Ex–Stanford Student Brock Turner Blames 'Party Culture' for Sexual Assault

Brock Turner maintained his version of events in the statement to the judge.

— -- Brock Turner, the former Stanford University swimmer who was convicted last week of sexually assaulting an unconscious woman on campus, blamed the “party culture” of “college life” for his actions.

ABC News obtained a copy of Turner’s full statement to Judge Aaron Persky, who sentenced the 20-year-old to six months in county jail and three years of probation. Turner plans to appeal his conviction.

Turner acknowledged that he is the “sole proprietor of what happened that night” in January 2015 but maintained his version of the events, saying the unidentified victim willingly interacted with him outside a fraternity house. He even said the woman appeared to be enjoying herself.

“At no time did it ever occur to me or did it ever seem that [redacted] was too drunk to know what we were doing. I would not have done anything against anyone’s will,” he said in the statement. “I swear I never would have done any of this if [redacted] wasn’t willing.”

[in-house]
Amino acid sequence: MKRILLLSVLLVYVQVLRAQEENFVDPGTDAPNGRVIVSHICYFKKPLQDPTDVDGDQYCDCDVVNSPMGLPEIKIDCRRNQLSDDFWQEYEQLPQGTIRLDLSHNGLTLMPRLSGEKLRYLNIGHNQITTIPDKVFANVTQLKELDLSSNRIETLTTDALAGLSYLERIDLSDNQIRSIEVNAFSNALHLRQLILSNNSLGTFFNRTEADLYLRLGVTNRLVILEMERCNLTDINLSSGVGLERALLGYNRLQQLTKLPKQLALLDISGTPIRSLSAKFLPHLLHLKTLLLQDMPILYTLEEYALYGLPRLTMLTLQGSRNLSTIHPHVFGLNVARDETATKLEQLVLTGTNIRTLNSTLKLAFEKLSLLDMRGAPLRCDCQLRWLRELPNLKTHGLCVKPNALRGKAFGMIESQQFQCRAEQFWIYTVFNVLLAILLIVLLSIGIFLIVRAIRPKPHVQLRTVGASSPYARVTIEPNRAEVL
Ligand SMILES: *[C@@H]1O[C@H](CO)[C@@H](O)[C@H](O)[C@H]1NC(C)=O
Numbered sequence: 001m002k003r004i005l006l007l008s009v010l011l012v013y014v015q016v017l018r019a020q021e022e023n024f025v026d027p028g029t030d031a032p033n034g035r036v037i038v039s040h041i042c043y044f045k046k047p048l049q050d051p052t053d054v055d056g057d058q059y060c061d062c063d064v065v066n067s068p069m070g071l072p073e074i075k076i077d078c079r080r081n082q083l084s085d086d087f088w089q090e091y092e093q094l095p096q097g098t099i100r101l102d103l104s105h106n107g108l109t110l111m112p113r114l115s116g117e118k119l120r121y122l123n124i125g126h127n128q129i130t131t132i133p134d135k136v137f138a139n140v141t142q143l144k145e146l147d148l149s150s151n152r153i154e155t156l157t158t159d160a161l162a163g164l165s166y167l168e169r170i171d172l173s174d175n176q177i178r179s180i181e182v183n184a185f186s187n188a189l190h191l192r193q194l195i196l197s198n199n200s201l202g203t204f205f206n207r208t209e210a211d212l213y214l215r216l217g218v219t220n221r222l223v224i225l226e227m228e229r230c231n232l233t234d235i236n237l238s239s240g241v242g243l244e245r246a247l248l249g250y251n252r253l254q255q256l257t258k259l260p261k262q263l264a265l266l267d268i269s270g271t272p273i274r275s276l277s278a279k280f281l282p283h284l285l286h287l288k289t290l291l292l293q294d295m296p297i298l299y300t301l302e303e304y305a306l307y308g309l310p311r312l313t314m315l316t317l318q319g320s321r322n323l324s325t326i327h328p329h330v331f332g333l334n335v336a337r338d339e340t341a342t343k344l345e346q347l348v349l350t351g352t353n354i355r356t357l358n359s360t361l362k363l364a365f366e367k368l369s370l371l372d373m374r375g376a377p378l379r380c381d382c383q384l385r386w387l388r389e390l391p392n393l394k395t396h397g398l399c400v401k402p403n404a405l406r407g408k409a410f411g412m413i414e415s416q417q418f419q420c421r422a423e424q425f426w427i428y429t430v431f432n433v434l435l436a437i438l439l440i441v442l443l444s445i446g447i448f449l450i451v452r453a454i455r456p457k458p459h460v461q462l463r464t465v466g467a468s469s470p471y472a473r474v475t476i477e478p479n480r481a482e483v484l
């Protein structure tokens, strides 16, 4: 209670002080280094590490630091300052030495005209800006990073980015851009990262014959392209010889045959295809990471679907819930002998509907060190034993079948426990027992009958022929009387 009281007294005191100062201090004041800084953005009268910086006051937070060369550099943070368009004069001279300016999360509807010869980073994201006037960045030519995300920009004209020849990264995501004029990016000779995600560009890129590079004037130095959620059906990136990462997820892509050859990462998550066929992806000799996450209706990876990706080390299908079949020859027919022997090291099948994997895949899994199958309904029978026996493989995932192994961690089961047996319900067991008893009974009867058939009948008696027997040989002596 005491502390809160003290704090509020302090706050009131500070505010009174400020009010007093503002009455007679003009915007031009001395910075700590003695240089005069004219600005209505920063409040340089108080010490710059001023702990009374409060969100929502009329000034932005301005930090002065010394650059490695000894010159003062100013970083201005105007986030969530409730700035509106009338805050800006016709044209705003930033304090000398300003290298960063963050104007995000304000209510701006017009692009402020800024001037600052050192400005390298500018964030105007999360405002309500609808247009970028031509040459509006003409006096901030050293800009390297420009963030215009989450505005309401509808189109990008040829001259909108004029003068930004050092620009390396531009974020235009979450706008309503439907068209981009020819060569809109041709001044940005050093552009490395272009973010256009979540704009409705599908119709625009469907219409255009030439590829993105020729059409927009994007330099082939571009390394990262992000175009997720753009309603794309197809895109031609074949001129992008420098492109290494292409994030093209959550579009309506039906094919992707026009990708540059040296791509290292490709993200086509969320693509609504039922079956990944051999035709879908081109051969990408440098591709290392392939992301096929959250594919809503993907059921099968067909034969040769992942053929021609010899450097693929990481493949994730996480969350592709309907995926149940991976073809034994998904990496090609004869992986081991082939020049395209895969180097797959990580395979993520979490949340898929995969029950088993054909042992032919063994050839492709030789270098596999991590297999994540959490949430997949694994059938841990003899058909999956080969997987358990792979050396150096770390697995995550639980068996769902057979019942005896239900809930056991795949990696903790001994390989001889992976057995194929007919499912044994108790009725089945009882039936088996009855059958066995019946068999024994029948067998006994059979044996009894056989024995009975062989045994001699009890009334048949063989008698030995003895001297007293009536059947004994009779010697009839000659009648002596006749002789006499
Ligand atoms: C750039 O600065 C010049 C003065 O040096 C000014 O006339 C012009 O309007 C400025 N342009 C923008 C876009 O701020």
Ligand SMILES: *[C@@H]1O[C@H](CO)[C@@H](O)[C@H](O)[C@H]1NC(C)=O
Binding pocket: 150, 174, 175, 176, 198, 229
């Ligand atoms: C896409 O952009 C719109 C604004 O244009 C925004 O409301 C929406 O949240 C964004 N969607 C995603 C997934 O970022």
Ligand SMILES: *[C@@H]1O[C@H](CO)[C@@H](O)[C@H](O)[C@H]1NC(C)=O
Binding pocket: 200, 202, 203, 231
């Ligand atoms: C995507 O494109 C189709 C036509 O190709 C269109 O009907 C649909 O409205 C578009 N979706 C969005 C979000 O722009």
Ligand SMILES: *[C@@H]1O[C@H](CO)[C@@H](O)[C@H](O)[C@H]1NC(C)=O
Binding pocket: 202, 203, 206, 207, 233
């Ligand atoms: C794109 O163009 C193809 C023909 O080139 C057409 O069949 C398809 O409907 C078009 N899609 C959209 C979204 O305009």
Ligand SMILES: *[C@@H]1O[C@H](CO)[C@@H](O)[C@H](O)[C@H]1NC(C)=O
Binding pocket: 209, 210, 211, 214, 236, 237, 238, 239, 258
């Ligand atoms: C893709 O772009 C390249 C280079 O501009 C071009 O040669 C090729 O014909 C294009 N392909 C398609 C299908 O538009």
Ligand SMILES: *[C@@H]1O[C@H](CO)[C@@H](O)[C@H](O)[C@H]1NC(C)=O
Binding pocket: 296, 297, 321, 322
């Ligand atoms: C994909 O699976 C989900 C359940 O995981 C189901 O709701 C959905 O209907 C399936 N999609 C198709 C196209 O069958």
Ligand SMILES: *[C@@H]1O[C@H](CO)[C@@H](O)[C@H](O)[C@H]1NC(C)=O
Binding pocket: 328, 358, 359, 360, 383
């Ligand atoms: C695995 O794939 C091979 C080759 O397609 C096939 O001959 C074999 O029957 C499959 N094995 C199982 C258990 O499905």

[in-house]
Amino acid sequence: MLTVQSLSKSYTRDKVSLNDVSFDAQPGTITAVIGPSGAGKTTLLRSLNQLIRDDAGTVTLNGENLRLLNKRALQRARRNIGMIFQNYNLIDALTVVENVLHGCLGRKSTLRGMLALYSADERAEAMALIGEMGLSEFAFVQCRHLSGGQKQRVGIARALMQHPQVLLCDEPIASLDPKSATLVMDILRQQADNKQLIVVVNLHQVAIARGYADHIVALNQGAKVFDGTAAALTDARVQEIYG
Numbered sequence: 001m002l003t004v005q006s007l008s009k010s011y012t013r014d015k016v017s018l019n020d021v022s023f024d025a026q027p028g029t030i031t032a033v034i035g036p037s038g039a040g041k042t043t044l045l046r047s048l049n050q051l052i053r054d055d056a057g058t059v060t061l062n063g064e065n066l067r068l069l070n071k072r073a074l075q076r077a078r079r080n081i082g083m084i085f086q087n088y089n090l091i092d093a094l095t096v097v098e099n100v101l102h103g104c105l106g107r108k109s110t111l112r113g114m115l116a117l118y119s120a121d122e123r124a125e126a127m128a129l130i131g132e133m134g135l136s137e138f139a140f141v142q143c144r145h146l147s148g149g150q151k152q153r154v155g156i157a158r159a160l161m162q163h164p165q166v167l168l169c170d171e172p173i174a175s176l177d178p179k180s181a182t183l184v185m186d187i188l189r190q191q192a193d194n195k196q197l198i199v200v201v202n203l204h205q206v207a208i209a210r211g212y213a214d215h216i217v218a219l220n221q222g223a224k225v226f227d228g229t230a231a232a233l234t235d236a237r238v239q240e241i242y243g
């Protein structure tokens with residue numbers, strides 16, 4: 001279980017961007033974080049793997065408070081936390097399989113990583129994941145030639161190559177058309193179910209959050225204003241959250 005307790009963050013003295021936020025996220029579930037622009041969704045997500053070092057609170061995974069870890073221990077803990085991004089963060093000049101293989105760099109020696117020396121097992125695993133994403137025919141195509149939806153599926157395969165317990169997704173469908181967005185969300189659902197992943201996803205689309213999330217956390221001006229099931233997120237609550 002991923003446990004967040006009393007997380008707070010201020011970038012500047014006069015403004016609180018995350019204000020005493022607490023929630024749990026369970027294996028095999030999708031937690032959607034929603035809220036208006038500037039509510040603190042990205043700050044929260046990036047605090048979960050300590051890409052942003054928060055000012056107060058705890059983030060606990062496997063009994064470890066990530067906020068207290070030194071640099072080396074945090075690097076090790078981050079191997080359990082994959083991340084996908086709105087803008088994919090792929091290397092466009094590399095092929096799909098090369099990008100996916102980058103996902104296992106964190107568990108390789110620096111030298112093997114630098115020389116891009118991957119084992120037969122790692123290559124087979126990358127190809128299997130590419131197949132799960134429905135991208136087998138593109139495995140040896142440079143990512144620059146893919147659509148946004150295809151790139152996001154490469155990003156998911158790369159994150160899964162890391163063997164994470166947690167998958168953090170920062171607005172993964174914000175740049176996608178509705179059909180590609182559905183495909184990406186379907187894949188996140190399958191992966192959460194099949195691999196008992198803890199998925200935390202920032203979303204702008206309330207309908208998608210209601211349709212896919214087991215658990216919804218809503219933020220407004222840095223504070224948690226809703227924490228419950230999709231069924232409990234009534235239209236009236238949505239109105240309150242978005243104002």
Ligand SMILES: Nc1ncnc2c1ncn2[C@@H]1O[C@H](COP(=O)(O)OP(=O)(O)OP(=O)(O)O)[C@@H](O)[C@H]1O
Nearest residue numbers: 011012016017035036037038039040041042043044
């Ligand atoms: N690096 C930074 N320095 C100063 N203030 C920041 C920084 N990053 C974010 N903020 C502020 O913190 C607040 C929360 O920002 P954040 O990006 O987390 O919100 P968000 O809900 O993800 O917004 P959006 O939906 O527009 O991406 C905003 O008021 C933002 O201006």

Turner also pointed a finger at the “partying and drinking” atmosphere and the peer pressure that comes with it.

“There isn’t a second that has gone by where I haven’t regretted the course of events I took on January 17th/18th. My shell and core of who I am as a person is forever broken from this. I am a changed person. At this point in my life, I never want to have a drop of alcohol again. I never want to attend a social gathering that involves alcohol or any situation where people make decisions based on the substances they have consumed. I never want to experience being in a position where it will have a negative impact on my life or someone else’s ever again,” Turner said in the statement.

The victim, now 23, responded to Turner’s statement in an emotional letter she read in court, slamming Turner for his hollow apology.

“If you are hoping that one of my organs will implode from anger and I will die, I’m almost there. You are very close,” her letter reads in part. “This is not a story of another drunk college hook-up with poor decision-making. Assault is not an accident. Somehow, you still don’t get it. Somehow, you still sound confused.”